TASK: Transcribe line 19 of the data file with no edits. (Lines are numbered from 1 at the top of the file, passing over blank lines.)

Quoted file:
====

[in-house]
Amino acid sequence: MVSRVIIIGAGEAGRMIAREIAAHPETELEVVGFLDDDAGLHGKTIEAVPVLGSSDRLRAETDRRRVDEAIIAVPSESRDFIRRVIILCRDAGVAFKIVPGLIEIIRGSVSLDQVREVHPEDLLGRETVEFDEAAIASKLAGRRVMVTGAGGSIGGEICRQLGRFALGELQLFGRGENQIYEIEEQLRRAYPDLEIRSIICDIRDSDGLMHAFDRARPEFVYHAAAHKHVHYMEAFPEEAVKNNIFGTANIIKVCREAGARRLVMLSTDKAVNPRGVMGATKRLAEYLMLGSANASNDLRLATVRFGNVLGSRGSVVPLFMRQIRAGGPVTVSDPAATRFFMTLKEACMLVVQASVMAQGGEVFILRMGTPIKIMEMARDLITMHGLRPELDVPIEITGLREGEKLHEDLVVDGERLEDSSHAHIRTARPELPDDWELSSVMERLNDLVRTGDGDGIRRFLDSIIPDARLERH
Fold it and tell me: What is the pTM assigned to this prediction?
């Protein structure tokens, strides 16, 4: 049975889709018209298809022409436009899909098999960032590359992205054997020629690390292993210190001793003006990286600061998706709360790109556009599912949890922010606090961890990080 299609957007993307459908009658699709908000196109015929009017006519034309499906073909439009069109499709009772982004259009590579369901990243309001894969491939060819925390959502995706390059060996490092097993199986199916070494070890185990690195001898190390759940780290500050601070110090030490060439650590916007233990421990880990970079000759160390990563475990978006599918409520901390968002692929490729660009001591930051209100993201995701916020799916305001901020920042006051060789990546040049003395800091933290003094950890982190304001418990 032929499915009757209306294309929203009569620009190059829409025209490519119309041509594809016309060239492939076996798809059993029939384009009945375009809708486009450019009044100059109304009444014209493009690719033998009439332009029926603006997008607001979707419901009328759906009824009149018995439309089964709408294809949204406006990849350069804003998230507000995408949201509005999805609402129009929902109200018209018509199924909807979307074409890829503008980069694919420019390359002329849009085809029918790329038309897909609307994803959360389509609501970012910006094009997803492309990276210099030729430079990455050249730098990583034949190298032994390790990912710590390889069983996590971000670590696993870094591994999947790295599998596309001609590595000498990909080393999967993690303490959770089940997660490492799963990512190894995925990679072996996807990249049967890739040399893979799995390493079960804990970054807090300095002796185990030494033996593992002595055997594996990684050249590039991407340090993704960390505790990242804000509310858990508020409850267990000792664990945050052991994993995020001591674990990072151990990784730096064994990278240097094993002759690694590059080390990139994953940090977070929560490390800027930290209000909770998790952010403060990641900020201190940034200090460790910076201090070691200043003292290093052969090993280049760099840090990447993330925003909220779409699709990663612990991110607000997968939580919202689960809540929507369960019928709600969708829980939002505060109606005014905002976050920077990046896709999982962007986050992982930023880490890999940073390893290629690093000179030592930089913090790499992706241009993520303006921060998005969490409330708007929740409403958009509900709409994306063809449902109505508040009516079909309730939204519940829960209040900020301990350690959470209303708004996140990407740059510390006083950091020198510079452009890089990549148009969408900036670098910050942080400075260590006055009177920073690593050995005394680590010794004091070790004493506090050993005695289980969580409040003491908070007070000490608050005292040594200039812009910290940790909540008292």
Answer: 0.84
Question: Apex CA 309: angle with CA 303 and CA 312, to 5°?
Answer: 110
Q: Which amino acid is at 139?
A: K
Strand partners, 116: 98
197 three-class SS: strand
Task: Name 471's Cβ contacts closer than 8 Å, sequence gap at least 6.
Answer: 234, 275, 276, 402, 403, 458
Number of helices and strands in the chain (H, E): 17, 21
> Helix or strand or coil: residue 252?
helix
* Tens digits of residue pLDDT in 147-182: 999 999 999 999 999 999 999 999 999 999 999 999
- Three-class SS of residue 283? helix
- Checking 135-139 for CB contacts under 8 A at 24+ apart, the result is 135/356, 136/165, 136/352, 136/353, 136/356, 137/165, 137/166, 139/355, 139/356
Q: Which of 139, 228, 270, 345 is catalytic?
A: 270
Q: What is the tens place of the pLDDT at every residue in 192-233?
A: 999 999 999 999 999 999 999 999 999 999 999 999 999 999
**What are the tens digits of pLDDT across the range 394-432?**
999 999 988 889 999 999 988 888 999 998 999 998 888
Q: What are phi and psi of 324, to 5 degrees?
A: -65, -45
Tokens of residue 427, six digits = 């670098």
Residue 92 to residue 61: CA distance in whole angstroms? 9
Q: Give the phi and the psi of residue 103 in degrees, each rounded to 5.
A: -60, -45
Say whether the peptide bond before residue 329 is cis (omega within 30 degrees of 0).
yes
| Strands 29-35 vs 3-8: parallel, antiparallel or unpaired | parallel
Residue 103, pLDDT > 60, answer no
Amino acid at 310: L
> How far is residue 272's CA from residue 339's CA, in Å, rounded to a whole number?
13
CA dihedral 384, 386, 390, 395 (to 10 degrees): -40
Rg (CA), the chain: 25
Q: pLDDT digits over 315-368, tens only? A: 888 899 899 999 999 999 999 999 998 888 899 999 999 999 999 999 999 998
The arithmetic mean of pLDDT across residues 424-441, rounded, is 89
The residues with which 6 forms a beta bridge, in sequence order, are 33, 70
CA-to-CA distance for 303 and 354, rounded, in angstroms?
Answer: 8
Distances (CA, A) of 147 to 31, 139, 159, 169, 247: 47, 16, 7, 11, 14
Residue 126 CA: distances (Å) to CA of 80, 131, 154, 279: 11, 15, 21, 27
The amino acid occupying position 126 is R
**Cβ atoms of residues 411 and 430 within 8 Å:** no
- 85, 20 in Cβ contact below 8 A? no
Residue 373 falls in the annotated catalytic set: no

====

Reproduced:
- Checking 135-139 for CB contacts under 8 A at 24+ apart, the result is 135/356, 136/165, 136/352, 136/353, 136/356, 137/165, 137/166, 139/355, 139/356